What does it mean to be called by God? It seems like it’s something we understand but can’t explain. Is it an inward, individual thing where God does something in a person’s heart to lead that person into service? Or might it be a community concern where the church finds a place of service for a person? Or could it be that we need a personal encounter with God to see what he has planned. We can open the Bible and find all sorts of examples that would suit any of the these.

A Theology of Calling, part 1

This first part is designed around what a calling from God is not. For all of the examples of calling that we can find in the Bible there are certain things which are not calling or that diminish or even disqualify one’s calling. These are hard question yet strangely enough are quite relevant to the church today. Here are seven things that are not God’s calling.

  • Nobody has a calling to sin

There are sex cults. There are wealth cults. There are cults of personal visions. And there is the calling of imminent sin. All of these are very popular and have been for centuries. We see the sex cults in the news and reject them out of hand. That seems easy enough. They amount to little more than an orgy with a deity attached for convenience.

The wealth cults are all about increasing personal gain and comfort. They use God’s word for profit, and it’s a problem that has plagued the church since the beginning. It’s easy to pursue with envy that middle-class ease.

Identifying these sins amounts to collecting some low-hanging fruit. It takes little discernment to see what those sins are. But sometimes these things creep into the more personal areas of life.

Nobody is called to a defense of sin. No homosexual is called of God to pastor a church. Likewise no polygamist is, either. (I Tim. 3:2) Of course people who are in relationships outside of the creation model may seek a relationship with the Lord. But their position in the fellowship of believers is another matter. That is a question of role and calling. Sometimes it’s a question of sin and sometimes not. In either case the standard has been set by God.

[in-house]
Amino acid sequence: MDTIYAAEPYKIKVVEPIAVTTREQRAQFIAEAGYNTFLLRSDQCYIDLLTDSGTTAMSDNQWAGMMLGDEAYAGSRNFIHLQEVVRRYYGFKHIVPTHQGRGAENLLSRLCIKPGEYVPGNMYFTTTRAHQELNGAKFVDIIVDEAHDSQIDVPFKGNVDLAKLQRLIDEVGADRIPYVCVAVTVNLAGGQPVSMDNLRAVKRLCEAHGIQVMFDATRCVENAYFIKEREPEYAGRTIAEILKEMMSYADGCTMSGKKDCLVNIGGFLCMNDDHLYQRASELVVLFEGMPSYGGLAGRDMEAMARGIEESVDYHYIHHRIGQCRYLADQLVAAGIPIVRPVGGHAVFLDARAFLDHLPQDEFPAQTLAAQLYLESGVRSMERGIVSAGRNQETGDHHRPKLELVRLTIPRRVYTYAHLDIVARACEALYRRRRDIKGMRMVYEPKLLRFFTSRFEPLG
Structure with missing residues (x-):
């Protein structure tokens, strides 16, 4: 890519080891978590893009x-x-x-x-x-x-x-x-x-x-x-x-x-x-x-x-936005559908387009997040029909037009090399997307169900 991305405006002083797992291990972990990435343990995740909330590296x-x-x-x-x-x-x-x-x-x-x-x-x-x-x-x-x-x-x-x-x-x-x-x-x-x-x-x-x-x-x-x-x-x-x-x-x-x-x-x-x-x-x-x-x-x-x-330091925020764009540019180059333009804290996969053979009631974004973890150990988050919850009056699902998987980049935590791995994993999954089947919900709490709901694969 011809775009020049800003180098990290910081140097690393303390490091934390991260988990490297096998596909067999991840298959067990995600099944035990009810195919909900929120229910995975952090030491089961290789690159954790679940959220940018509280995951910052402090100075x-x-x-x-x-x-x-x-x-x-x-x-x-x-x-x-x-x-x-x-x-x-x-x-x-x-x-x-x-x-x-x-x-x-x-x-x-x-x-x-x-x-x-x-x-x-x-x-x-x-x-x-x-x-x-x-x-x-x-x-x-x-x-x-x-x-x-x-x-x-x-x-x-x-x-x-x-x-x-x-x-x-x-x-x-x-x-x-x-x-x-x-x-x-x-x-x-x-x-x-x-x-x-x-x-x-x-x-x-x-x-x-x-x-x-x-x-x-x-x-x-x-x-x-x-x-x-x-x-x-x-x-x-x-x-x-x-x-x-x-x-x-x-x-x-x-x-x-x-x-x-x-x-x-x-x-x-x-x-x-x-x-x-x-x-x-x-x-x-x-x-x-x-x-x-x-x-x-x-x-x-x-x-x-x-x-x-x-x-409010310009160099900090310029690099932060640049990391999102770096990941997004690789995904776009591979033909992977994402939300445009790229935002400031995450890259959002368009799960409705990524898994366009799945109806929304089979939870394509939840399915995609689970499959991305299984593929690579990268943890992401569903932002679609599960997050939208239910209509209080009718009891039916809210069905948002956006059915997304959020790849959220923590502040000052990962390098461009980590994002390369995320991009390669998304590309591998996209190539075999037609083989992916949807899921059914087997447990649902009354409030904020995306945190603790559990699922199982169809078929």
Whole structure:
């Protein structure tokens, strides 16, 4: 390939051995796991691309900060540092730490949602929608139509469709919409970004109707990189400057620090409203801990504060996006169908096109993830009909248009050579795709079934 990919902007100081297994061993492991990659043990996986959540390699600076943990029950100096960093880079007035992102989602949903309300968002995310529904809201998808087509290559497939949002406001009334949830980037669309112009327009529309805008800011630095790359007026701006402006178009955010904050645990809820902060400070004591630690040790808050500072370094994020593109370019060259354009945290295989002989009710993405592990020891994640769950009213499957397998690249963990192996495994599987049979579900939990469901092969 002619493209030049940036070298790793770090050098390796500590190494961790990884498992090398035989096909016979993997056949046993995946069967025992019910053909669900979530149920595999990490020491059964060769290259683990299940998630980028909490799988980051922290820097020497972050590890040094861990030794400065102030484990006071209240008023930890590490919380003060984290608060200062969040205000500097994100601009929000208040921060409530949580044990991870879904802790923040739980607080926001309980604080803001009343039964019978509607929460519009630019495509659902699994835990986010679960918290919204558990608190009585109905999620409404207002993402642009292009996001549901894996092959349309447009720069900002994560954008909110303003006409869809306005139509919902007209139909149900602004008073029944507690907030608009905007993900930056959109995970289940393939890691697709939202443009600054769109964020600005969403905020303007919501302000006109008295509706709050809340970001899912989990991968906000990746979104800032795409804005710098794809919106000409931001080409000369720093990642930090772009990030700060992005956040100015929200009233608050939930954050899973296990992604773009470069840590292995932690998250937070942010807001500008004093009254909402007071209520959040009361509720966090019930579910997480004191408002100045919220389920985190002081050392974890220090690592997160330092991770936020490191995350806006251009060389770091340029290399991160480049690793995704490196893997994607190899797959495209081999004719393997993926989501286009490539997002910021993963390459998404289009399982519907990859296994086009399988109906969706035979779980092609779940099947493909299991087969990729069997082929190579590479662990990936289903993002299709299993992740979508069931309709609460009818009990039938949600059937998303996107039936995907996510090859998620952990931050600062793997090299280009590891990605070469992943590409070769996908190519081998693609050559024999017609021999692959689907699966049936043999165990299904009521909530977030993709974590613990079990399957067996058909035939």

• Nobody is called to oppose God’s kingdom

This might work out in several ways. There are those who practice, or so they say, the ethic of the kingdom but fail for whatever reason to give glory to God.Sometimes it’s pride, sometimes just irresponsibility. In any case it’s all about the individual’s efforts and successes. This is where service works and “outreach” get relabeled as “mission” work. It seems everyone wants to work but nobody wants to see people come to Christ. That should raise questions in everyone’s minds.  In other words, God isn’t calling servants to not see people called to Himself.

  • Nobody is called to deny Jesus as the Christ

It seems silly to say this, but God does not call a person to lead in a “Christian” church without a commitment to Jesus Christ. It seems to be self-evident.

The excuse is generally wrapped around a re-definition of who Jesus is. That was the error noted by John in his three letters. In that situation it was some proto-gnostics who were redefining the person Jesus into something of a separate physical/spiritual dualism. Today it’s a new dualism, a divergence between the historical Person and the ethical person. They’ve redefined Jesus into something other than who He was/is. And with a Jesus who is merely ethical, whose other moral attributes are set aside, it’s easy to find a calling in an alternative universe of understanding.

  • Nobody is called apart from the community of believers